FRENCH Second Division football side Le Havre can count on its man in form, Tino Kadewere who arrived from Sweden last summer. This 23-year-old Zimbabwean international is the most expensive transfer in the club's history but that is not enough to impress him as he has a mission more perilous to complete: it is called Ligue 1.
In France, and particularly in Auxerre , we remember very well one of your compatriots: Benjani Mwaruwari.
Tino Kadewere: I know him very well. Until recently, he was active with an association that helps Zimbabwean players without a contract to find a club. He gave them a helping hand as a coach.
You spoke with him when signing in Le Havre?
Tino Kadewere: Yes, he gave me some tips on how to better understand French football, to adapt to France and to progress. Learn your language as fast as possible for example and integrate me quickly in the group, so that I am not isolated from the rest of the players and I become fully one of them.
Your French adventure could have started a few years ago in Sochaux .
Tino Kadewere: Absolutely. In 2014, I joined a Zimbabwean first division team (Harare City) with whom I played twelve games and scored eight goals. Two clubs then invited me to do a trial: Djurgårdens and Sochaux . I started in Sweden, then I spent a week in France .
Finally, it was Sweden that you chose. Why ?
Tino Kadewere: I was not ready for European football. And then, because of the language barrier. In Sochaux , no one spoke English, while it was the case in Djurgårdens. So, it was the perfect place to acclimatize to Europe.
Is it true that you find Ligue 2 stronger than the Swedish D1?
Tino Kadewere: You know, football is nearly the same everywhere, but the one we practice in France is both very physical and very intense; somewhat different from the one I was used to in the past. In Sweden, I would say that it is more tactical and that the technique is more modern. Please note that this does not mean that French football is devoid of technique; but although it is the physics that dominates. That's why I find the Ligue 2 stronger than the Swedish D1. If you can play in Ligue 2, you can play everywhere.
What kind of player were you in Zimbabwe ?
Tino Kadewere: I was called a complete player because I started in midfield and sometimes on the wings. What I noticed at home was my skills and my speed. But when I arrived in Sweden everything changed because I was relocated to number 9 and I learned to play for the team. Speed, I always have, technical moves too, but I'm focusing more on what the team wants me to do for them. I do not necessarily want to put myself forward. What matters is how I can put what I can do for the benefit of the team's goals.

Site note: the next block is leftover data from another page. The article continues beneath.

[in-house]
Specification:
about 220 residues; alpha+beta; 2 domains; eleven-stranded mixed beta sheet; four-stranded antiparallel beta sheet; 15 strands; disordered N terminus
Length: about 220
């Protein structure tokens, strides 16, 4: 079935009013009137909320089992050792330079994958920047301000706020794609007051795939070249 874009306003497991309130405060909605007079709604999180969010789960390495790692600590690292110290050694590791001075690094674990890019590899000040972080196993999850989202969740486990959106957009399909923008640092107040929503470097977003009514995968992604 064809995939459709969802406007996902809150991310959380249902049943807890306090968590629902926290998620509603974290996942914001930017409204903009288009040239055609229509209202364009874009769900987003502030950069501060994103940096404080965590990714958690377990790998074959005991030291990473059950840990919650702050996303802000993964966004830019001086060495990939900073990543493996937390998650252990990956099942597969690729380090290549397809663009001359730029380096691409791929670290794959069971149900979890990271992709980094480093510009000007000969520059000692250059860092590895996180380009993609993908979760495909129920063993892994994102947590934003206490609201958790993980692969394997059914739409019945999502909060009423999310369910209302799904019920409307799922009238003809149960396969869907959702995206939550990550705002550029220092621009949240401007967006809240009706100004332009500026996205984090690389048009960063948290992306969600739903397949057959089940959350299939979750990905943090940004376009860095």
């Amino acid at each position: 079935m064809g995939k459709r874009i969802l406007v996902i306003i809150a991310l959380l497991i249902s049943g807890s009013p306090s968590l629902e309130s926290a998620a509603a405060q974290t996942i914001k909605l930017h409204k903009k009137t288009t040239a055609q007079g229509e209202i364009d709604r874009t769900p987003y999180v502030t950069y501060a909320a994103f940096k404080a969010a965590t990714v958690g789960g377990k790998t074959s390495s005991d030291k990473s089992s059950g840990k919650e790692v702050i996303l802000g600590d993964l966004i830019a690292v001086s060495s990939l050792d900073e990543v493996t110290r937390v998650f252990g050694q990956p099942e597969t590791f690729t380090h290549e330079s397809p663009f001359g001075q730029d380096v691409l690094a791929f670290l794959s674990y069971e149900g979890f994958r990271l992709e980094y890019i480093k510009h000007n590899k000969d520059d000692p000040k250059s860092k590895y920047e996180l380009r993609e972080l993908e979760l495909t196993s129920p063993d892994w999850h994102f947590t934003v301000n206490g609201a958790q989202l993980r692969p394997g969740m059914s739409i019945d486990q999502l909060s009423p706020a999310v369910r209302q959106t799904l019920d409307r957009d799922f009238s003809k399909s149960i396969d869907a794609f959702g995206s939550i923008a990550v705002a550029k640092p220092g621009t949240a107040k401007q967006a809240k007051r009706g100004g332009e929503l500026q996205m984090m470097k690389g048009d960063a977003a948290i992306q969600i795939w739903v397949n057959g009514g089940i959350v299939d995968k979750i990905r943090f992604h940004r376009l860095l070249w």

You once said 'I want everyone to know who Tino is'. So who are you?
Tino Kadewere: I started playing football from the age of seven in the academy my father had in Zimbabwe, and always with boys older than me. Around 10-11 years old, I was already playing in Under-15! Being where I am today is like a dream. For me as for my father. You know, in Zimbabwe, football is not the most recognised (professional) discipline. And yet, it is a country full of young talents. But if you want to break through, you have to hang on and sometimes play for your name so that it is known throughout the country.
Twenty million Swedish kroner, that's two million euros and it is the largest amount ever spent by Le Havre to attract the services of a player. How do we live with this label stuck on the forehead?
Tino Kadewere: This brings pressure sometimes difficult to manage. But when you're a professional, you have to get used to it. It's in my head that this kind of thing happens, and I have to make sure that it does not affect my performance on the field.
Benjani advised you to put yourself very quickly in French to facilitate your integration. How does it go on that side?
Tino Kadewere: As soon as I arrived, I had a teacher who taught me almost every day. Sometimes from 8 to 20 hours! Today, I understand when the coach gives his instructions and that the players discuss between them. The only thing that remains difficult for me is when people are talking very fast. But otherwise, I understand the essential. -- So Foot.com
Read the original article on The Herald.
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